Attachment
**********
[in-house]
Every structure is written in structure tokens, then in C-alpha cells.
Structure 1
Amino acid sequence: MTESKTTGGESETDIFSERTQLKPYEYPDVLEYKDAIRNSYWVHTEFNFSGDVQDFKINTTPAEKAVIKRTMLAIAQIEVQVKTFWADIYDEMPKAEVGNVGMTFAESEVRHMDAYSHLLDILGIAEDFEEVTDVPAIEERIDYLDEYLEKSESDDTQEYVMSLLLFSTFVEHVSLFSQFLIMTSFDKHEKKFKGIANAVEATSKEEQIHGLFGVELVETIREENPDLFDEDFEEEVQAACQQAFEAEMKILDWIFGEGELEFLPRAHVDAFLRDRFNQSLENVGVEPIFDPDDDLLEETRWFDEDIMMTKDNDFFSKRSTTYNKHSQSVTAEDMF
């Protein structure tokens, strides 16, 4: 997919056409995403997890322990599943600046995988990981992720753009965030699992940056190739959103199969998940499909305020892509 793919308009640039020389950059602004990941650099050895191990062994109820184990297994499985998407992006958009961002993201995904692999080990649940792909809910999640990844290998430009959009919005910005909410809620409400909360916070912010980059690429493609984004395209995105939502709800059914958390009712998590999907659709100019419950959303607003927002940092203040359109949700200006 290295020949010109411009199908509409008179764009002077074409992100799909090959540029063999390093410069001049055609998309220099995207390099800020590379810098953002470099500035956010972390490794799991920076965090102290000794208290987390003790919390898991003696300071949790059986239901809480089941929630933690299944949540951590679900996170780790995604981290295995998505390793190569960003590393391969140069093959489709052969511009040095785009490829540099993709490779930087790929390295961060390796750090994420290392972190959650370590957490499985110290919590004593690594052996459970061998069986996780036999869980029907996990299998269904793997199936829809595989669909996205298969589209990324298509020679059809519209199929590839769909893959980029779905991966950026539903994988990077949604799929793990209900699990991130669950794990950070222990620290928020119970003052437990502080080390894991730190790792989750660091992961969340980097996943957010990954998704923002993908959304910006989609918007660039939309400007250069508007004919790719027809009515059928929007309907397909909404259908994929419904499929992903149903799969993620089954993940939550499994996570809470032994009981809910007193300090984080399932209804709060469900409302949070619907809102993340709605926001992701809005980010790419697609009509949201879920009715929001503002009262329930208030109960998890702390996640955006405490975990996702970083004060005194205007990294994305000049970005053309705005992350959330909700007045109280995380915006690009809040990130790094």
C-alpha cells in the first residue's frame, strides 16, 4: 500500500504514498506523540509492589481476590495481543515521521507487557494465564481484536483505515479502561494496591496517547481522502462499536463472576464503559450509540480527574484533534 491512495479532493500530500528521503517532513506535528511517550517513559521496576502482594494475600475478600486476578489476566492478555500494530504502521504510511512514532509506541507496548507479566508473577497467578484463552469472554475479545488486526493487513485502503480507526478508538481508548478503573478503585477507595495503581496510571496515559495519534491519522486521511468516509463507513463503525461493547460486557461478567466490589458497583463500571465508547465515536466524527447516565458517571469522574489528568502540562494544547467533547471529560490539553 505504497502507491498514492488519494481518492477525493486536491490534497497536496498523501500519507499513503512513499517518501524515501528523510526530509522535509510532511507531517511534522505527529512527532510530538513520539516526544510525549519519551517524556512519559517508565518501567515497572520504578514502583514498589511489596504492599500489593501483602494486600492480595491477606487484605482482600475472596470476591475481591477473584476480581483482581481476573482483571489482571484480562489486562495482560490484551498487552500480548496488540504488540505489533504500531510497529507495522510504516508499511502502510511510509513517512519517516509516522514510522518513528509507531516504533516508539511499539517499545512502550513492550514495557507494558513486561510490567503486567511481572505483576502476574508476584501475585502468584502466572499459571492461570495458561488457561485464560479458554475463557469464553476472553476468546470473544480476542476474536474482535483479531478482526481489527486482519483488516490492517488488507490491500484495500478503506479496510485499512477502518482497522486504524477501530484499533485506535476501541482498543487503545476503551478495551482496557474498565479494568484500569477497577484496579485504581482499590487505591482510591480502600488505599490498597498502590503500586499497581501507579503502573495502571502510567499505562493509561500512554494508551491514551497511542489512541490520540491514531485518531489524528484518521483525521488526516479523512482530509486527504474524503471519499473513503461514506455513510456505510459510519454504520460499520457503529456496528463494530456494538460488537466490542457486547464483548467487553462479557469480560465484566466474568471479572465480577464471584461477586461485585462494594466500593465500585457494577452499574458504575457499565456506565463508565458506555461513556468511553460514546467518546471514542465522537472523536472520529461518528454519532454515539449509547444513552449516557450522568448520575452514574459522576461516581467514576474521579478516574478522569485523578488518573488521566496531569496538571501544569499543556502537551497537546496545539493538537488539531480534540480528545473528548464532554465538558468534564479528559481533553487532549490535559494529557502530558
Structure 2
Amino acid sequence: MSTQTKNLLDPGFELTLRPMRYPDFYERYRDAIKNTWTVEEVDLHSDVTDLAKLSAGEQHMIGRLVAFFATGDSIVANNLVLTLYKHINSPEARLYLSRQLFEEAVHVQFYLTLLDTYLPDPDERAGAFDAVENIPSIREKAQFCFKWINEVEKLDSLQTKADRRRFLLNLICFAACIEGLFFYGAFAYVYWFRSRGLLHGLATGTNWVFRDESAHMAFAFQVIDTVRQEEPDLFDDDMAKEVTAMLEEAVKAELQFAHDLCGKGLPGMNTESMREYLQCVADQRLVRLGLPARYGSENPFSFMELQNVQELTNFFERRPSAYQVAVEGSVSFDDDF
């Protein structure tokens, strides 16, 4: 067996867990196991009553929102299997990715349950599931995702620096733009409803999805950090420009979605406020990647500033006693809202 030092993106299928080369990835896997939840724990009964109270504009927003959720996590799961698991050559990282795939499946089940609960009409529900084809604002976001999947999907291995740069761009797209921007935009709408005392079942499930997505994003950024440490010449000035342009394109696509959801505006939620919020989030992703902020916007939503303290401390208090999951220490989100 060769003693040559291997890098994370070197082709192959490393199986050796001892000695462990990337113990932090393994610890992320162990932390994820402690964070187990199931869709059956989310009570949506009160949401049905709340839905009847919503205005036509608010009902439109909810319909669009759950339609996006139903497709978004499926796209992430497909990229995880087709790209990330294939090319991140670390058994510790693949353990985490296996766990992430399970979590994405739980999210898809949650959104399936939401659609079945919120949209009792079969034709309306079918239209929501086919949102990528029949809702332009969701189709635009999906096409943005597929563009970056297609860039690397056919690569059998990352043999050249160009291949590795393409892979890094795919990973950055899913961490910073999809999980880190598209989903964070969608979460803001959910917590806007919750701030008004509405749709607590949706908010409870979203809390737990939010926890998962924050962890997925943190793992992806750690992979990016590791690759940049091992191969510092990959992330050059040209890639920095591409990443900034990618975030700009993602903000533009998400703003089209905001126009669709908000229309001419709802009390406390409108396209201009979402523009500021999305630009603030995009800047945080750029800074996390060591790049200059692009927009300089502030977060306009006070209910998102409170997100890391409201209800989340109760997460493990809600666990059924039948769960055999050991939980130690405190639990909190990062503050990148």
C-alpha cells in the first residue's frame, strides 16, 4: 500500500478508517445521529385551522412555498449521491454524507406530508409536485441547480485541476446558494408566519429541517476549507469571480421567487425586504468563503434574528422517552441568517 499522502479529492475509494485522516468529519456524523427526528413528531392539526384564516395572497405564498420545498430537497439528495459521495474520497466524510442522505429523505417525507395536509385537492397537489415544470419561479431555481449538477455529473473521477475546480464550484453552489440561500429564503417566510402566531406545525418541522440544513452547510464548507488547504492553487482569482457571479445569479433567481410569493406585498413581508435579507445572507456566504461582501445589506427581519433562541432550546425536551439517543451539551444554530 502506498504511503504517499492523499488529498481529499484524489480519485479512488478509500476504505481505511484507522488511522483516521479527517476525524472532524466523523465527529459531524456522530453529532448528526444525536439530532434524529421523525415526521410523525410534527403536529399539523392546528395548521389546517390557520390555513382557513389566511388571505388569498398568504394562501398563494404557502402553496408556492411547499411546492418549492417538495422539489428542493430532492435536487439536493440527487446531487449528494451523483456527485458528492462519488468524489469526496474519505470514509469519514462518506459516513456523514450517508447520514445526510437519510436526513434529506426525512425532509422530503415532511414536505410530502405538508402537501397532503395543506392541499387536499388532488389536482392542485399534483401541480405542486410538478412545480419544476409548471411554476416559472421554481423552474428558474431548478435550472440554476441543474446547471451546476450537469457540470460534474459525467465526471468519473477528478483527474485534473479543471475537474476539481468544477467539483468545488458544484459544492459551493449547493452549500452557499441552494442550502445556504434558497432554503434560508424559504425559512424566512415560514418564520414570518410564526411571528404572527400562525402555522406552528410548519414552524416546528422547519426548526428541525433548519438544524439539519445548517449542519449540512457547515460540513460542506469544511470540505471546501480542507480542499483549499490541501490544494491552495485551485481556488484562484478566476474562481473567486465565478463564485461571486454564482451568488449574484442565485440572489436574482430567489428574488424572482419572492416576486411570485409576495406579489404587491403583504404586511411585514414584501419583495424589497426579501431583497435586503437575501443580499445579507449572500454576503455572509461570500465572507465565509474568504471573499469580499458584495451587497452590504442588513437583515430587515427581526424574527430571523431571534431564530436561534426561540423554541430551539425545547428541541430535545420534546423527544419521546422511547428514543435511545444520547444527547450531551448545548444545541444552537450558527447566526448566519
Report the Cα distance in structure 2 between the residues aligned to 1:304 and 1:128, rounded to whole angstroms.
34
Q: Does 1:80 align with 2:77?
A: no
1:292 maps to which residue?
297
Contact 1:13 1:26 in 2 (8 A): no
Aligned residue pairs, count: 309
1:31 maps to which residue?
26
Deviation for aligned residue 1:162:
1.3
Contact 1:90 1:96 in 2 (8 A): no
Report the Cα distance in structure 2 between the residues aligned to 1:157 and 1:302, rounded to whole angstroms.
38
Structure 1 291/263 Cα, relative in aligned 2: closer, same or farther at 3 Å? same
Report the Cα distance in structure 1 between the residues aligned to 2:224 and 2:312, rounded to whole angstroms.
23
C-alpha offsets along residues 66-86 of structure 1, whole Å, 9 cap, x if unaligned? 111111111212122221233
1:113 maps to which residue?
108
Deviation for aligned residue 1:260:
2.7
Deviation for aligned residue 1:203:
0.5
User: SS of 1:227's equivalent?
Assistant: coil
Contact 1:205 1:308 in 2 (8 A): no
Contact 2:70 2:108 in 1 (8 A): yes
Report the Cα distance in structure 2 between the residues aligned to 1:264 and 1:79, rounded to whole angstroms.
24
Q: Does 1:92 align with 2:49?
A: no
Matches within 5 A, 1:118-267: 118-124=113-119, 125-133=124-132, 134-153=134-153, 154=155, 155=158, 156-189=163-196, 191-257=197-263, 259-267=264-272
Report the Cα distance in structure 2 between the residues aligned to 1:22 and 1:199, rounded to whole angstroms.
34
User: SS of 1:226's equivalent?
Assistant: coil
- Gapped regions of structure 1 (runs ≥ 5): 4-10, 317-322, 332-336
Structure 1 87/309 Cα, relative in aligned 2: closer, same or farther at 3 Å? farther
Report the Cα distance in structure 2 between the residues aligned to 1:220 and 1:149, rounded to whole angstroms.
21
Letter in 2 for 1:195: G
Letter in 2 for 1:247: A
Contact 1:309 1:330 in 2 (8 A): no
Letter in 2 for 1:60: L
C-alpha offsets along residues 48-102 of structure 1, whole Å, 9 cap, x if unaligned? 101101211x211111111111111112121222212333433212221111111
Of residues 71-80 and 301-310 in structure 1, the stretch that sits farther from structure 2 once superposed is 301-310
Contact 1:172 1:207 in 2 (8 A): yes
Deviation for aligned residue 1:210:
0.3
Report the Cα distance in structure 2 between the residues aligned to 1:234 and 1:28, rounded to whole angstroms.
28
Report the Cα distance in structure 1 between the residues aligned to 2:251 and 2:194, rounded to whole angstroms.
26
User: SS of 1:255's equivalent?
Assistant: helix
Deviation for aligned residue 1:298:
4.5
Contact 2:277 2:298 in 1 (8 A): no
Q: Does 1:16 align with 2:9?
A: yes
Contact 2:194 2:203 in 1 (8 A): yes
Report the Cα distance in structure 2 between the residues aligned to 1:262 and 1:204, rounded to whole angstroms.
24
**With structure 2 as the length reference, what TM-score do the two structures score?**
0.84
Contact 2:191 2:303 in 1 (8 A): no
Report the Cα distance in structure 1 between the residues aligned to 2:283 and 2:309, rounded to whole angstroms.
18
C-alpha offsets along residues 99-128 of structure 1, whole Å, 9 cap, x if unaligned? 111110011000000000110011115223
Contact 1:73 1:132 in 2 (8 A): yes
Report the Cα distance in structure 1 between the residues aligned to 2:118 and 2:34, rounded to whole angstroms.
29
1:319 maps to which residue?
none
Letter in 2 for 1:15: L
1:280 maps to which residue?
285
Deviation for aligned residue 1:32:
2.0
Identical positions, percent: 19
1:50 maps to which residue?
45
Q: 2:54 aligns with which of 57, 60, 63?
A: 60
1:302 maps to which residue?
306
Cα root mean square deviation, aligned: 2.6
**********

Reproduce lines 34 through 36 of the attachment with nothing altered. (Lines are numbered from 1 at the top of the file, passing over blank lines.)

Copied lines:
Deviation for aligned residue 1:203:
0.5
User: SS of 1:227's equivalent?